If you have a problem, fix it. But train yourself not to worry, worry fixes nothing. - Ernest Hemingway

Sunday, 23 October 2016

The deepest pit and Michelle Obama

As we moved from the innocence of childhood to the confusion of youth, our conscience was partly shaped by one of the most asymmetric conflicts of modern history – the war in Vietnam. Children were Napalmed, small-built, skinny peasants were facing the might of the most powerful nation on the earth for no reason at all, and defeating them as much on the battlefield as in the theatre of global opinion. There were other theatres too … Salvador Allende murdered … countless cruel dictators propped up by the CIA at the cost of their peoples. Paraphrasing Salman Rushdie, it is impossible for a non-American to love the United States of America.

That impression is still valid, particularly after Iraq, but I got to see another, totally different face of the “Ugly American” when I stayed there for several months, and isn’t it an impressive face?

I was amazed by their efficiency, total absence of corruption in day-to-day transactions, their immense capacity for hard work, their free press, and most importantly, their respect for manual labour. A plumber in America often has a more comfortable lifestyle than a university teacher, and certainly less insecurity about his career. So, if I have to sum up the USA in one sentence: it’s a land of contradictions.

And contradiction is seen in every aspect of the American life. Its universities produce Nobel laureates in science at metronomic regularity, yet a fair number of Americans are arithmetically challenged. Americans dominate business in far corners of the world, but an average American is often astonishingly uninformed about anything beyond their borders. I recall, once, when I told a shop assistant that the Long Island potato chips she sold were excellent, she asked me, ‘Do you make potato chips in India?’ And it was not an isolated instance.

And as the world keenly followed the presidential elections in the US in 2016, it was amazing to see the deep pits to which American politics has sunk. Bernie Sanders, the only untainted person in the race, was too much of a leftist to be tolerated by the American establishment. He had to lose out. But the two major parties elected such terrible candidates with questionable pasts … it's almost incredible.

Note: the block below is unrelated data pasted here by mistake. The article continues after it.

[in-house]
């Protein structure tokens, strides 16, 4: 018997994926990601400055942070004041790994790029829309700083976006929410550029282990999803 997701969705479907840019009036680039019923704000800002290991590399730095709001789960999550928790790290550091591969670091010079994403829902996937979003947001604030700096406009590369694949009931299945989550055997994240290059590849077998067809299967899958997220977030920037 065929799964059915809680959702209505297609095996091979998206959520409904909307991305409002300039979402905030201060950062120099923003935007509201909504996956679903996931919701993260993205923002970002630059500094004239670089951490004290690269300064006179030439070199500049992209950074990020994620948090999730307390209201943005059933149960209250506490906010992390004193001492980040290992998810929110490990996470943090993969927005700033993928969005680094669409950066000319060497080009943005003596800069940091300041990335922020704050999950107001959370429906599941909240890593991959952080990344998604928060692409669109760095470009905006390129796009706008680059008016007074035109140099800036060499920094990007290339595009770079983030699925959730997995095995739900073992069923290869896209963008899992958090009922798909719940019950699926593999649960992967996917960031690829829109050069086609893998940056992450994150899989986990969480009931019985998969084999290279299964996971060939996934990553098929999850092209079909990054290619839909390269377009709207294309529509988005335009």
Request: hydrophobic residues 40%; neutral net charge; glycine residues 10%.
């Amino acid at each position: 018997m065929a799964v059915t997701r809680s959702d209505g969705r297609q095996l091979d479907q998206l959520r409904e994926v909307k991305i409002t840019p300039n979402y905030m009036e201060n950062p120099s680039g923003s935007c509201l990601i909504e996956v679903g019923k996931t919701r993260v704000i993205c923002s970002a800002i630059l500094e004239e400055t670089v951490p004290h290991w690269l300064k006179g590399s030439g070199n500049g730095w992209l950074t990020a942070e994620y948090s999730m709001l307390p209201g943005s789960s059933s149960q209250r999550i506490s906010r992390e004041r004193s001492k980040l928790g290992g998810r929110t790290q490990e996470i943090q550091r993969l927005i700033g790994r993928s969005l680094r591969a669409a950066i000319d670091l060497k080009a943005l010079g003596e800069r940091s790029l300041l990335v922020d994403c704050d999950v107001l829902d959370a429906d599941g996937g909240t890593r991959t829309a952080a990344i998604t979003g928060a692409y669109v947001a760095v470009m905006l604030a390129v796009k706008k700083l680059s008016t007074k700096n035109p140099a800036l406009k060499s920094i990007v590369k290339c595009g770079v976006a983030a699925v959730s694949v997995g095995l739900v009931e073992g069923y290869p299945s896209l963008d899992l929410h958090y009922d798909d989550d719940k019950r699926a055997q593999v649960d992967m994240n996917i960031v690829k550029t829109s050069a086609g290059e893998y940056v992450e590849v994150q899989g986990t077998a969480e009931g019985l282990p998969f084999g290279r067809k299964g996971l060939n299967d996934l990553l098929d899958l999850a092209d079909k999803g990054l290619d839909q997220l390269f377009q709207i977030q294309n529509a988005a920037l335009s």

And yet, as the race progressed, one of them, Donald Trump turned out to be an utterly disgusting specimen of humans and as a consequence, Hillary Clinton has turned out to be the messiah who could save America and possibly, the world. Her numerous sins like the questionable sources of funds for the Clinton Foundation and her snugly warm relationship with the thugs in Wall Street have been happily forgotten. Oh God! Anyone but Donald Trump and his goons!

But it is America. A counterpoint to the murky politics had to emerge, sooner or later. And it appeared in the shape of a few speeches by Michelle Obama. In particular, her speech in Phoenix on 20 October 23, 2016 was spellbinding, but more importantly, it was stirring defence of values in public life. It was a political speech in support of the lesser evil in the election, but it went much beyond, it would have touched a chord in every human being who believes in gender equality in particular and decency in general.

If you haven’t heard the speech, please do. The following link also gives the full transcript of the speech:


Annie Perkins writes in the Guardian: “When she speaks, Michelle Obama doesn’t stop being the wife of the president, but she transcends it. She becomes the personification of the best of her country. … Who in Britain can make that nonpartisan appeal to ordinary human decency? Last night she spoke for everyone who thinks politics can be better than this.”

Replace the word Britain with India, or any other country, the statement would be valid, wouldn’t it?

(650 words)

Bangalore / 23 October 2016